Can't We Still Disagree with it Being Called a "Mommy War"?
So many have put so much into stopping the so-called mommy wars: the fight over which parenting practices will irrevokably damage our children, and which will send them to Princeton. There are tiger moms, helicopter moms, attachment parents, unicorn moms, child-centered parents, primal parents and everything in between.
After all the effort to stop the mommy wars, after all the kumbaya we-can-all-get-along every blogger’s been pushing lately, I’m ripping up the fragile truce. I’m done. I’m sick of the mealy-mouthed we-all-have-to-support-each-other stuff.
Because I don’t support some of you, and I’m tired of pretending.
We all got into this parenting thing with various ideas. We picked those ideas because we think those are the right ideas. Maybe not the right ideas in all circumstances – think breast or bottle – but the right ideas nonetheless. We looked at the available research, read some baby books, talked to some moms, and decided: Yes. I will be x kind of parent. I will do y things to help my child grow into a productive member of society.
That means, by definition, we decided some ideas were wrong. Maybe not wrong in all circumstances, but wrong. For example, I think cry-it-out is barbaric unless it’s necessary for the sanity of the family and then only as a last resort. Maybe we think some things are always wrong: for me, that’s circumcision. I’m sick of pretending to support moms who made a choice I think is contrary to human rights and dignity. I don’t support you.
But that doesn’t mean I have to shout you down. As women we’re programmed to be butthurt when other women disagree with us. That doesn’t fly. We need to learn to live with disagreement, however uncomfortable. I can still not support your choices without being rude or thinking you’re a howling idiot. I can think you’re wrong, and we can still be friends – hi, buddies who circ’d their kids! We regularly hang out with moms who have different politics, different religions, different musical tastes.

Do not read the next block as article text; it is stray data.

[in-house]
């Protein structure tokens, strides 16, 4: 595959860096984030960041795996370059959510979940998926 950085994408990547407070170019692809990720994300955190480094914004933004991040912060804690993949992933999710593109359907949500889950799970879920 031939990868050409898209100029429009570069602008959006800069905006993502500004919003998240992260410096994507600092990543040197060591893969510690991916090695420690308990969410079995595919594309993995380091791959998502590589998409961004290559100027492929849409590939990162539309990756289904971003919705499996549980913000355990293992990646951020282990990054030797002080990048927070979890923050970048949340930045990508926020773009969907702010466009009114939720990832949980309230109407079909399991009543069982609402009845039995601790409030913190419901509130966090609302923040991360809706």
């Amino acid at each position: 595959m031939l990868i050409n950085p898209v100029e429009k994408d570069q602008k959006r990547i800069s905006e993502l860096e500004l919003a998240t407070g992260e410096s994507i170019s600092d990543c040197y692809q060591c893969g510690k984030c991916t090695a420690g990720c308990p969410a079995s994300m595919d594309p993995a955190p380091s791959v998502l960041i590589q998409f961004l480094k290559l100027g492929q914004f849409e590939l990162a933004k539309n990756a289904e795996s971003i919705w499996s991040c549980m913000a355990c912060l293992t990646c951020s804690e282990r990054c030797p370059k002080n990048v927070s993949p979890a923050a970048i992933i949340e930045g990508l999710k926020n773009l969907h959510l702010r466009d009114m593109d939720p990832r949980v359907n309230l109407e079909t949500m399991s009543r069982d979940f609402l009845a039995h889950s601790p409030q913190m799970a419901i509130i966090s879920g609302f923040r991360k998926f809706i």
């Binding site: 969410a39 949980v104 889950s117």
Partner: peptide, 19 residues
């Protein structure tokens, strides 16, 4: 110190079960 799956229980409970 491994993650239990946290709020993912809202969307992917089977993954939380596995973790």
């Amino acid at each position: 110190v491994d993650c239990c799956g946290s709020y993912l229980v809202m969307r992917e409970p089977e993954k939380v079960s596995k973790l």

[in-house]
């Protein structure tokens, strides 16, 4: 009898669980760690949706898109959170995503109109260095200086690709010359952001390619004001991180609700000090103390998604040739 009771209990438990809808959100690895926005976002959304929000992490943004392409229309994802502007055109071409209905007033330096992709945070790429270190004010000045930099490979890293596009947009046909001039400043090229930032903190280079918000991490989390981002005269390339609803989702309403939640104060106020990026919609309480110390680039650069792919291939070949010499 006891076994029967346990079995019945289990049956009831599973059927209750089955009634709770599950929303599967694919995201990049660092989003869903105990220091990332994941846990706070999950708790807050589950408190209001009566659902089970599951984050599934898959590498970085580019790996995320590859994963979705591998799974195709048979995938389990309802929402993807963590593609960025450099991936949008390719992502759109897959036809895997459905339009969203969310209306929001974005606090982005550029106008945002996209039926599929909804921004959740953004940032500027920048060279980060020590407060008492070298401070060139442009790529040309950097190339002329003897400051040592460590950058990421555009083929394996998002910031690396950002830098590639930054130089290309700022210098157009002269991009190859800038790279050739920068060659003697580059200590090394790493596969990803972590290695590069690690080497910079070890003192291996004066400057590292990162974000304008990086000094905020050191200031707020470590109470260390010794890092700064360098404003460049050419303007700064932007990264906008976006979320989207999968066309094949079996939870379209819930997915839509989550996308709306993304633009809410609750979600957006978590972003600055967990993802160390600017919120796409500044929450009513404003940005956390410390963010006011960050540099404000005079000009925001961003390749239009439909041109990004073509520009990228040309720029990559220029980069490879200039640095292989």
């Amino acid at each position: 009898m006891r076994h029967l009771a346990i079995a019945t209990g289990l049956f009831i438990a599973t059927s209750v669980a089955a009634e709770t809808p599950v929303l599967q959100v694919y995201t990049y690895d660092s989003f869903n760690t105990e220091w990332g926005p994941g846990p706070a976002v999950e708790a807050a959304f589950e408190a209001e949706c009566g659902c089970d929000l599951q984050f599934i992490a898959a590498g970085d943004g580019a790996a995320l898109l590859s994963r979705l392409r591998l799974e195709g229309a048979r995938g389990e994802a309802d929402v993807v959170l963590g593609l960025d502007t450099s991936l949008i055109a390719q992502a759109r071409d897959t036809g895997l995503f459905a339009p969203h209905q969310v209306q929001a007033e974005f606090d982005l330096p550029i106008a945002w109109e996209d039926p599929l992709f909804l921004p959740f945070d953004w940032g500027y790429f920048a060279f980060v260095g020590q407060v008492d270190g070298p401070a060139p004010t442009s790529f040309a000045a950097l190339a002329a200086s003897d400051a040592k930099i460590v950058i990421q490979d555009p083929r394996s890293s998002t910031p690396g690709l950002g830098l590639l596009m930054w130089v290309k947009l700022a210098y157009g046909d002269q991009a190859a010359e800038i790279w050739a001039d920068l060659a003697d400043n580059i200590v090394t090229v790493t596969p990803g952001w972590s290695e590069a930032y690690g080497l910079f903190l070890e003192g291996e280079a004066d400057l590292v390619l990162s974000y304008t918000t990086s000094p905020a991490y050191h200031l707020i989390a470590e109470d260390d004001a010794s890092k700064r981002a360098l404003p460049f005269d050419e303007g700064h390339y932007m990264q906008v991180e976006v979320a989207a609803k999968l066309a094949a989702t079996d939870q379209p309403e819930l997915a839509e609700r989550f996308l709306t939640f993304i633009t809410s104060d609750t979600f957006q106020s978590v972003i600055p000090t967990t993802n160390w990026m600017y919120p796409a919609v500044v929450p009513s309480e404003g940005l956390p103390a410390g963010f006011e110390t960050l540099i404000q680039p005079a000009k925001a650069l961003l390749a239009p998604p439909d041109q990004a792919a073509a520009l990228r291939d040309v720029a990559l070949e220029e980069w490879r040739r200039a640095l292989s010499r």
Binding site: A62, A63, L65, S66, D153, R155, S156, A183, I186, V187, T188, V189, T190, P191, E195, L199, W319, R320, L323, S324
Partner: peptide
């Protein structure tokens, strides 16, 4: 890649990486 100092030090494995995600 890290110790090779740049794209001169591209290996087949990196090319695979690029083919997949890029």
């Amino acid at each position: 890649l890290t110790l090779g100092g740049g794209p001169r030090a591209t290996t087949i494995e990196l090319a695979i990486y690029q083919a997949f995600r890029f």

Think about abortion. Chances are, in your mom group, there’s a range of opinions from never acceptable to abortion on demand. You probably know who holds which opinion: your Catholic buddy’s pro-life; your hippie earth mother’s pro-choice. They disagree with each other in one of the most fundamental ways possible. They do not support each other. They might respect each other, but there’s no support there. How could there be? They embrace radically different ideologies. But they still manage to share snack packs at the playground.
There’s a sense in the mom community that we have to believe all choices are okay. Except, by our parenting practices, we’ve all shown that we think some choices are better for us than for others, and we probably think that some choices are not okay at all. We believe some things will give children a better shot at becoming a productive member of society. But we’re supposed to pretend we don’t, in the interest of unity.
And if we speak our opinion we’re a “sanctimommy”: a term used by women to shut down and silence one another. Certainly, there are tactless people who say the wrong thing at the wrong time in the wrong tone. Certainly, the internet is full of drama queens trolling for action. But when any critique is put down with cries of “sanctimommy”, there’s something wrong with the community. We’re self-censoring. We’re policing other women, and it’s supposed to be okay, because we need to band together as sisters or something.
To hell with that noise.
This isn’t a license to be rude to one another. It’s not a license to call one another bad parents. But it means that yes, if you find extended breastfeeding creepy, by all means, say so in the politest of terms. This should be the civilest of wars, fought with scientific evidence and eloquence. No personal attacks. No “you’re ruining the baby.” This is the only way we can discuss different ways of parenting without degenerating into “I’m okay, you’re okay” or “I’m right, and you’re a bitch.” It’s how you actually change minds – and foster honesty.
You can separate the practice from the person. You can see the failure to circumcise not as a moral judgement, but as a parenting choice. You can view cry-it-out as a choice rather than a sign of someone’s character.
So bring on the mommy wars. Start it up right here in the comments, as civilly as possible. And remember: you don’t have to support each other.
A mama to three sons, 4 and under, Elizabeth dropped out of academia to procreate and spend way too much time tie-dying. A certified educator with Babywearing International, she still misses teaching freshman English. Elizabeth practices attachment parenting out of sheer laziness, and writes about social justice and crunchy parenting at Manic Pixie Dream Mama. Her work has appeared on the Huffington Post, xojane, Mamapedia, Today Show Parents, and Time.com.